"For CFIUS to get comfortable with a third party having both an ownership stake and a security responsibility, they would have to have a firm basis for trusting the U.S. business partner, conclude that the security measures would be technically effective, and be convinced that it is possible for the business to be commercially successful even while strictly adhering to the security measures," Mir said.

ByteDance is referring to Oracle as a "trusted technology partner". CFIUS previously rejected the use of trusted technology partners when considering whether ByteDance should divest TikTok, the video app disclosed in an Aug. 24 lawsuit against the United States challenging Trump's order to ban it.

Oracle did not respond to a request for comment.

(Reporting by Echo Wang in New York; Editing by Greg Roumeliotis and Christopher Cushing)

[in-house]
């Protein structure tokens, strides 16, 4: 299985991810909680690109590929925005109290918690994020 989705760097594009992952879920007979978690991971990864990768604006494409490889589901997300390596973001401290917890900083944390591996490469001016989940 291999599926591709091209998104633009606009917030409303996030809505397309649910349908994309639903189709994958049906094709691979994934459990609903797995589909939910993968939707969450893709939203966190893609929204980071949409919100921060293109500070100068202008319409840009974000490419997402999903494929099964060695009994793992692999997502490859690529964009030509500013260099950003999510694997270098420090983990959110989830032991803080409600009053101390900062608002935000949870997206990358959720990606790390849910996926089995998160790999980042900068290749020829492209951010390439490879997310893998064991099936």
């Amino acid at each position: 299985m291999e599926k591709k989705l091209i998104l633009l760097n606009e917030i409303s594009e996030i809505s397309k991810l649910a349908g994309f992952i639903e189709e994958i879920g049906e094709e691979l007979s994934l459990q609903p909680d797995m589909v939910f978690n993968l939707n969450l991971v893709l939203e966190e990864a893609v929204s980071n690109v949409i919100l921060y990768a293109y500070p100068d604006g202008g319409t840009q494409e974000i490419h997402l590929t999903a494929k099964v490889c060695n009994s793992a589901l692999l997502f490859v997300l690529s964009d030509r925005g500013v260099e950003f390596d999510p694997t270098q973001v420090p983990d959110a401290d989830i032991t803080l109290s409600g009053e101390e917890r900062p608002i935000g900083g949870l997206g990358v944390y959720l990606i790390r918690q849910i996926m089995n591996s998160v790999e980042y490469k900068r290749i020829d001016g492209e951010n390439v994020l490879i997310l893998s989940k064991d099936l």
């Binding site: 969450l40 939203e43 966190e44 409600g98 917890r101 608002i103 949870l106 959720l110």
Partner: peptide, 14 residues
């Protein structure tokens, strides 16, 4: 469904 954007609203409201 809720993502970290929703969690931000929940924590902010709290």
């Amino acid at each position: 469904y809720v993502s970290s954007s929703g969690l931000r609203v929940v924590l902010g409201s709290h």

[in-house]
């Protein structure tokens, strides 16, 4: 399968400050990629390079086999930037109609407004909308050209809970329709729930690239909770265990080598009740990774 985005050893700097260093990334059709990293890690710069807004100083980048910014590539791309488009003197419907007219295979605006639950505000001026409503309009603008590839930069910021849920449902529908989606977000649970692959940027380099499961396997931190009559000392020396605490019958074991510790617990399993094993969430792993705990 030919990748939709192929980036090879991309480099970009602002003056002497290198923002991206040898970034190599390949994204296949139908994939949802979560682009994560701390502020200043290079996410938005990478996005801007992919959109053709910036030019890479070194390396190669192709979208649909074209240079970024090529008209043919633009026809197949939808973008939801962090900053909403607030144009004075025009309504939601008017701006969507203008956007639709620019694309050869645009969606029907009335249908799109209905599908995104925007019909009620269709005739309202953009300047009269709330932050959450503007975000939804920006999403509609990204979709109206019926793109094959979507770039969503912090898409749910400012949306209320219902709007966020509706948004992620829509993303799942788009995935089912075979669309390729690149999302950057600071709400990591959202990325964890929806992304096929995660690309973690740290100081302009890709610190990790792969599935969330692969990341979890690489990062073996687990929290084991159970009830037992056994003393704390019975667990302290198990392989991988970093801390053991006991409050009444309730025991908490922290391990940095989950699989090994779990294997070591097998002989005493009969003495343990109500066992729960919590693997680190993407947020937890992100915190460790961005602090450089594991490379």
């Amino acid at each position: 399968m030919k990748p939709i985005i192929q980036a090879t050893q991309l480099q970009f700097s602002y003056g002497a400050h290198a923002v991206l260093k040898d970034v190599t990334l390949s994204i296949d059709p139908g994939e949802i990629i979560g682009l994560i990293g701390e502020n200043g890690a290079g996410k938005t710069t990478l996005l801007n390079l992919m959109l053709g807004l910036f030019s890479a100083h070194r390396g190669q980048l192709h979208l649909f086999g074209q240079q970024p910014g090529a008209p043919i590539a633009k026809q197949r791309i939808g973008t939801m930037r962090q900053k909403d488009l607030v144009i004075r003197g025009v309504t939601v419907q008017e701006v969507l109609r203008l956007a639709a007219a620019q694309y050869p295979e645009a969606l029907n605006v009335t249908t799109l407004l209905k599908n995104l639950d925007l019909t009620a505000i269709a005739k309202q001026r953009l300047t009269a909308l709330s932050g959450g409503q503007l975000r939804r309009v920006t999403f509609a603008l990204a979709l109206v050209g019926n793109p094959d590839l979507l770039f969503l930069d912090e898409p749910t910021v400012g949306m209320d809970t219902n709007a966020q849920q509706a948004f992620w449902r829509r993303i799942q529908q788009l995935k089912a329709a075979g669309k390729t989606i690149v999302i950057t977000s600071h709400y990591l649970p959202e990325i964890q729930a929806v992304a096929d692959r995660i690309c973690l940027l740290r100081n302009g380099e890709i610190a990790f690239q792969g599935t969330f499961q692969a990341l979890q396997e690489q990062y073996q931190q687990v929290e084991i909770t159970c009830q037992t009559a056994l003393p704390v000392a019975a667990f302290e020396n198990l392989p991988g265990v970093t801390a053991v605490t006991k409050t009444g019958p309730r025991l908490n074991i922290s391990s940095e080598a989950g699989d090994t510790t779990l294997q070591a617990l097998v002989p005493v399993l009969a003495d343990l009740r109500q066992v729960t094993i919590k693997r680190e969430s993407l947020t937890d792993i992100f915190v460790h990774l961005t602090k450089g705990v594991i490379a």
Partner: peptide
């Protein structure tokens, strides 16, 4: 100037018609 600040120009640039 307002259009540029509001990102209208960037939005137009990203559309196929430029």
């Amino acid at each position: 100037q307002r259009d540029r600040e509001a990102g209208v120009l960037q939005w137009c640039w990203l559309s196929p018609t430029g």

Copyright 2020 Thomson Reuters.

News Source: usnews.com

Tags: news countries news tiktok in the united states the white house

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Texas Sheriff Faces Evidence-Tampering Charge In Black Man’s Death

A Texas sheriff was arrested Monday for allegedly tampering with evidence in a 2019 case surrounding the death of a black motorist, The New York Times reported.

Prosecutors say Williamson County Sheriff Robert Chody allegedly tampered with video of the incident from a police ride-along program, where a motorist, Javier Ambler, died after police repeatedly tasered him after he said that he had a heart condition and could not breathe, according to the Times.